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I'm teaching myself CPLD programming using a development board with an Altera MAX II EPM240.

After learning how to make a 4-bit digital counter in VHDL using clock/reset inputs, I'd like to use the onboard 50MHz oscillator wired to pin 62. I understand it is fed to the Global Clock Network, but how do I wire it to an input of my VHDL design? (in my case CLOCK)

entity Foo is
    port(
    CLOCK: in std_logic;
    LED_0: out std_logic
    );
end Foo;

architecture rtl of Foo is
begin   
    LED_0 <= CLOCK;
end rtl;

I know I can assign I/O pins to my design with the Pin Planner tool in Quartus II 13.1. I tried assigning pin 62 to the CLOCK signal, but I see no visible output to LED_0 (one of the onboard LEDs). I'd expect to be half-lit, but it's always on. I suppose it's because I'm now trying to use pin 62 as a regular I/O, which is not what I want.

The datasheet mentions LAB column clocks, and signals like labclk1 or labclkena1, but I have no idea how to reference them. As far as I can tell, the signal names I define in my VHDL design aren't related to any internal signals of the chip it will run on.

How do I tell (either in VHDL or with the Quartus tools) that I want one of my input signals to be connected to one of the Global Clock Network clocks?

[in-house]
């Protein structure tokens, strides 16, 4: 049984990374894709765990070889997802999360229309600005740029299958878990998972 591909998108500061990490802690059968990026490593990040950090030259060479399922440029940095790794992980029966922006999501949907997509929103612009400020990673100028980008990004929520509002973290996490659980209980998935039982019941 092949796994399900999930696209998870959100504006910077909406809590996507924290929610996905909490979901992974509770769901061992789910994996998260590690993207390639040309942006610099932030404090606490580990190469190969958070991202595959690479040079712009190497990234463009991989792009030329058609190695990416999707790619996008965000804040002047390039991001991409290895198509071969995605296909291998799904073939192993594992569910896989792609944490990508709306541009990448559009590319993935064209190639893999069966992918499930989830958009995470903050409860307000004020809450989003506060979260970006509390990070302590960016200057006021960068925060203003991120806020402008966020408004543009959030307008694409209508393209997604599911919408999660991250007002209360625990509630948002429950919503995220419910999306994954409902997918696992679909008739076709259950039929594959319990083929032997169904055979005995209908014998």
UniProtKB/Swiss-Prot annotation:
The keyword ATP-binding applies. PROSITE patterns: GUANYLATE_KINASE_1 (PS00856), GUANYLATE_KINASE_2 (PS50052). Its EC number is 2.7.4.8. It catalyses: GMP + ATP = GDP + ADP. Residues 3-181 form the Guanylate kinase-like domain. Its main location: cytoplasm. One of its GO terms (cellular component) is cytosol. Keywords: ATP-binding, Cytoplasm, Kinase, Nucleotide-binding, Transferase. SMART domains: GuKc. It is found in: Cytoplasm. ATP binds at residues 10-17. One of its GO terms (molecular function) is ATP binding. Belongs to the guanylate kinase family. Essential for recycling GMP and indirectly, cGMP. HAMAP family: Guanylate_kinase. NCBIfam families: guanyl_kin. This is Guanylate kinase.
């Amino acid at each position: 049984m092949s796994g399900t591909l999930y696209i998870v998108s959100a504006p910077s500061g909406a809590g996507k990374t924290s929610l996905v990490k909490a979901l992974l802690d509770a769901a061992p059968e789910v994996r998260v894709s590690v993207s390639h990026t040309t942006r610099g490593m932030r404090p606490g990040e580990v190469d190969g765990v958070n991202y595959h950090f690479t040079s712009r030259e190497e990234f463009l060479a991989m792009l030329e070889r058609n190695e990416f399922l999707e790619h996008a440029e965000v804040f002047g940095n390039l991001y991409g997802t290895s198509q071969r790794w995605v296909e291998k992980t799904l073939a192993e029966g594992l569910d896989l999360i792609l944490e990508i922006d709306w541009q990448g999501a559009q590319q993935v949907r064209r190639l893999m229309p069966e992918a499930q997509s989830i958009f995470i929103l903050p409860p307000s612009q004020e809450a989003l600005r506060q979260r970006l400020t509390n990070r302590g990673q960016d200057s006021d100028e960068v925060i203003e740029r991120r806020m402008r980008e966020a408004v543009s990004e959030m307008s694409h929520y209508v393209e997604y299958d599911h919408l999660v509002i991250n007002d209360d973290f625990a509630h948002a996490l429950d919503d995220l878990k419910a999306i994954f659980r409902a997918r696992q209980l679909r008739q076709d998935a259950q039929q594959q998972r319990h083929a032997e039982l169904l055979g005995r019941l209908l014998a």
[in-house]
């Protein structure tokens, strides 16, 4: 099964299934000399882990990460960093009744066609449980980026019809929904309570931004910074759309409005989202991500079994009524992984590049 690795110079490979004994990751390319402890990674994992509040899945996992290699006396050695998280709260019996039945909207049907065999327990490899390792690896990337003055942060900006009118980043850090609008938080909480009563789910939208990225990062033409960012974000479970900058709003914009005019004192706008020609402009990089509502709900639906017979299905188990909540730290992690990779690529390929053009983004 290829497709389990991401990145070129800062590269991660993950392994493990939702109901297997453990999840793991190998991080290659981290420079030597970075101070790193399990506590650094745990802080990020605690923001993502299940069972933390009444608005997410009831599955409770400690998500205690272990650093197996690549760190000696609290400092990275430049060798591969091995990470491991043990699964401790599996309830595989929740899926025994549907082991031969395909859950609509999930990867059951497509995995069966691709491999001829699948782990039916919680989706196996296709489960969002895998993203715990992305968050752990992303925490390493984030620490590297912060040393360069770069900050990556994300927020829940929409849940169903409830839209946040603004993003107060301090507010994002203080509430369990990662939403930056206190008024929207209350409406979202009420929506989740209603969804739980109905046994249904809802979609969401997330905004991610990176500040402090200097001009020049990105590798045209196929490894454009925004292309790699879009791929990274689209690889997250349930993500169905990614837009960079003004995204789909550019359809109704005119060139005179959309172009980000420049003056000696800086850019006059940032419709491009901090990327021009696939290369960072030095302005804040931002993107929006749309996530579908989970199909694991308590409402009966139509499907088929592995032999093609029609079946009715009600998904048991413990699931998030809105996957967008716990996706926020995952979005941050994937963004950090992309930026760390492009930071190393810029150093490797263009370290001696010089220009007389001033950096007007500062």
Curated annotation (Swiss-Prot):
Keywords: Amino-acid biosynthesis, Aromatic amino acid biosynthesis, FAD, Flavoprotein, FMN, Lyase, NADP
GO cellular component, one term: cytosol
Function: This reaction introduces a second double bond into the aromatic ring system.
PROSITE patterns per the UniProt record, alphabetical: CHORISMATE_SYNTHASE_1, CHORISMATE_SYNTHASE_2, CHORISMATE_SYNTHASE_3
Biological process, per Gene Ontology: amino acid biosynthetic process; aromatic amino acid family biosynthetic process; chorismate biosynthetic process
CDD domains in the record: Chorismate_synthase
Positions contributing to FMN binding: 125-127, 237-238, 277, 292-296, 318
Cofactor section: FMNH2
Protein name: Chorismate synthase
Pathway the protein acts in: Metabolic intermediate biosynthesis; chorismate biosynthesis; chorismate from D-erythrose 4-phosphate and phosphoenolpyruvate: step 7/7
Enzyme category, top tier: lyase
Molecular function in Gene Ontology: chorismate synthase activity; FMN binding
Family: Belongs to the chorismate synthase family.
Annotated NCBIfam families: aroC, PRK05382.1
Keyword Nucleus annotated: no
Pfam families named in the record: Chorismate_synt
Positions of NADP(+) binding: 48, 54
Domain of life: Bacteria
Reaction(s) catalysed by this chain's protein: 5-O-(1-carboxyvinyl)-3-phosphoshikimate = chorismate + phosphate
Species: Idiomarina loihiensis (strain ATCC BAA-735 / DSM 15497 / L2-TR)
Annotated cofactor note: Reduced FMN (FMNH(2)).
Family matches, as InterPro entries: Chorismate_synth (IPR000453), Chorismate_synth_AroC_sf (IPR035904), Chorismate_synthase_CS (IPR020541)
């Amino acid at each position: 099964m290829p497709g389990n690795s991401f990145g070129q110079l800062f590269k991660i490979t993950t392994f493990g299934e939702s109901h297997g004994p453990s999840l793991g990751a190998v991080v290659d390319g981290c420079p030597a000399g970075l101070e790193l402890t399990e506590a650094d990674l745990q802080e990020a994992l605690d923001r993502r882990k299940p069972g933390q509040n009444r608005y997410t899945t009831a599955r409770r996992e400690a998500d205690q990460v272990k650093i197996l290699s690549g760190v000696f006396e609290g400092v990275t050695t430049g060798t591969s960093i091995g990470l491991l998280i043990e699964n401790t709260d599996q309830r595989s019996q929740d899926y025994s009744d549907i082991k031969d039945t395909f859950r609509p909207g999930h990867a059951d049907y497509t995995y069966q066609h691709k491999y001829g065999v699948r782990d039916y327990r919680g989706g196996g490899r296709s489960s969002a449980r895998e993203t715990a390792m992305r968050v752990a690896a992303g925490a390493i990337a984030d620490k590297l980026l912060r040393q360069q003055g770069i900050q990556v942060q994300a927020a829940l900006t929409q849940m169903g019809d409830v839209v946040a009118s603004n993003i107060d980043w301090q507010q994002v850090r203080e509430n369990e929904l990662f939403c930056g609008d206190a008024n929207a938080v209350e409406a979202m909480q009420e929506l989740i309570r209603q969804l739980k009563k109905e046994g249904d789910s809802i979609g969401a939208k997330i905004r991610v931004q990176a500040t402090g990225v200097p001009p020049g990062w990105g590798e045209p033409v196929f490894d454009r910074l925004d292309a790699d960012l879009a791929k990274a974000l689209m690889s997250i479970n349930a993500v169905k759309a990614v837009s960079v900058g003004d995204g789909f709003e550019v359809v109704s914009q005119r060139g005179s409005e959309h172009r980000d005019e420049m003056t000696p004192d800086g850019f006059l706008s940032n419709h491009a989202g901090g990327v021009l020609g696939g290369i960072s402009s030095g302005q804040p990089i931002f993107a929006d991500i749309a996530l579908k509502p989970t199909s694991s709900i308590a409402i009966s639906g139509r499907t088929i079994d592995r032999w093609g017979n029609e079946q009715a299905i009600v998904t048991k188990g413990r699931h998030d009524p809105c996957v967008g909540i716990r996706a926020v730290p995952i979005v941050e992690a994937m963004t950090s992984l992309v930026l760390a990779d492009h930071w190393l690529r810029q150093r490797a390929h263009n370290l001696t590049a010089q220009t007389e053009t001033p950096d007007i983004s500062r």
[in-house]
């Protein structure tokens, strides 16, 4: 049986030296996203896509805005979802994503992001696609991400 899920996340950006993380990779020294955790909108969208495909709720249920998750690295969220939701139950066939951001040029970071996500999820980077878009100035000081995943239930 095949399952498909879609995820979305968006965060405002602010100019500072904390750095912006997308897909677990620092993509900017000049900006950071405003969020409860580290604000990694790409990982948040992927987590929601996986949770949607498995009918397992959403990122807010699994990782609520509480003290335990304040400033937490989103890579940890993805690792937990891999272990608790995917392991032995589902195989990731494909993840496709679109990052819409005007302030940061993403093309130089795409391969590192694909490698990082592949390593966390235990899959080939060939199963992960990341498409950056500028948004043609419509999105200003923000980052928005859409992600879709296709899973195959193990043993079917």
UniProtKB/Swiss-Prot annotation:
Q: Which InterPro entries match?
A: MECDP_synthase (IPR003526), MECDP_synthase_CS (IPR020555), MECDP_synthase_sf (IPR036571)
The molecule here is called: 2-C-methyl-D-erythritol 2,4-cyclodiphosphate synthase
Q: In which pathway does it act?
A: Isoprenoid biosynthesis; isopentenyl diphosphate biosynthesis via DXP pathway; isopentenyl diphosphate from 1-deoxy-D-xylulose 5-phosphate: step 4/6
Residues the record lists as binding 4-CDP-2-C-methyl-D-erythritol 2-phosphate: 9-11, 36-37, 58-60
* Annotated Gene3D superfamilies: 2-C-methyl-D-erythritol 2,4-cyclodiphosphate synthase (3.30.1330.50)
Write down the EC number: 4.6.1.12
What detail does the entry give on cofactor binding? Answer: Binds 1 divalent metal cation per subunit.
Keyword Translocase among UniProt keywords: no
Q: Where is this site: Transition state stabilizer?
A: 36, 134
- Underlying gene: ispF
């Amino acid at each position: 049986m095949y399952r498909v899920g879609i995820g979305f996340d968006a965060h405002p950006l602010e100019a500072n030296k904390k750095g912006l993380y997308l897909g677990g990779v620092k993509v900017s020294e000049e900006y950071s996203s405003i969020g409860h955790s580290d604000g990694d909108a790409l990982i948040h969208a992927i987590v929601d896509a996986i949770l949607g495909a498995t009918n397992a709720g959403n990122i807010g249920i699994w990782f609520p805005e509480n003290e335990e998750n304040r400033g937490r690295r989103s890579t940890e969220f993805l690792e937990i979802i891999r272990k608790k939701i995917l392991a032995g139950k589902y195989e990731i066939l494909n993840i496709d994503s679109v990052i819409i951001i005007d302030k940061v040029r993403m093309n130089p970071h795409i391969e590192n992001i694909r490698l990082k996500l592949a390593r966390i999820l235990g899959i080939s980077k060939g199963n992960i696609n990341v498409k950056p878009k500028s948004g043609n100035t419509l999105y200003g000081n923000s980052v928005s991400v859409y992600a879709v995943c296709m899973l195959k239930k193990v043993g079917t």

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  • \$\begingroup\$ I would try actually using it as a clock; i.e. clock a register or a counter from it. (Then use the last bit of the counter to drive the LED). That gives the tools a chance to identify it as a clock and route it appropriately. \$\endgroup\$ May 9 '20 at 10:49
  • \$\begingroup\$ You ought to be able to #include an Altera Max library into your VHDL design to give you access to the specific chip resources. Good practice is to have two VHDL sources, one that is hardware agnostic with a generic interface and ideally contains most of the interesting parts, and a hardware specific harness that matches the resources and the generic signals. This way, if you want to retarget the design, most of the source stays the same, and only the hardware facing part needs rewriting. \$\endgroup\$
    – Neil_UK
    May 9 '20 at 13:32
  • \$\begingroup\$ @BrianDrummond I was skeptical at first, but after clearing all the assignments the fitter did actually assign my CLOCK signal to one of the global clocks. Adding a clock divider did also make the output way more visible. If you convert your comment to an answer I'll accept it. \$\endgroup\$ May 9 '20 at 16:46
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I would try actually using it as a clock; i.e. clock a register or a counter from it. (Then use the last bit of the counter to drive the LED). That gives the tools a chance to identify it as a clock and route it appropriately. They are pretty good at that.

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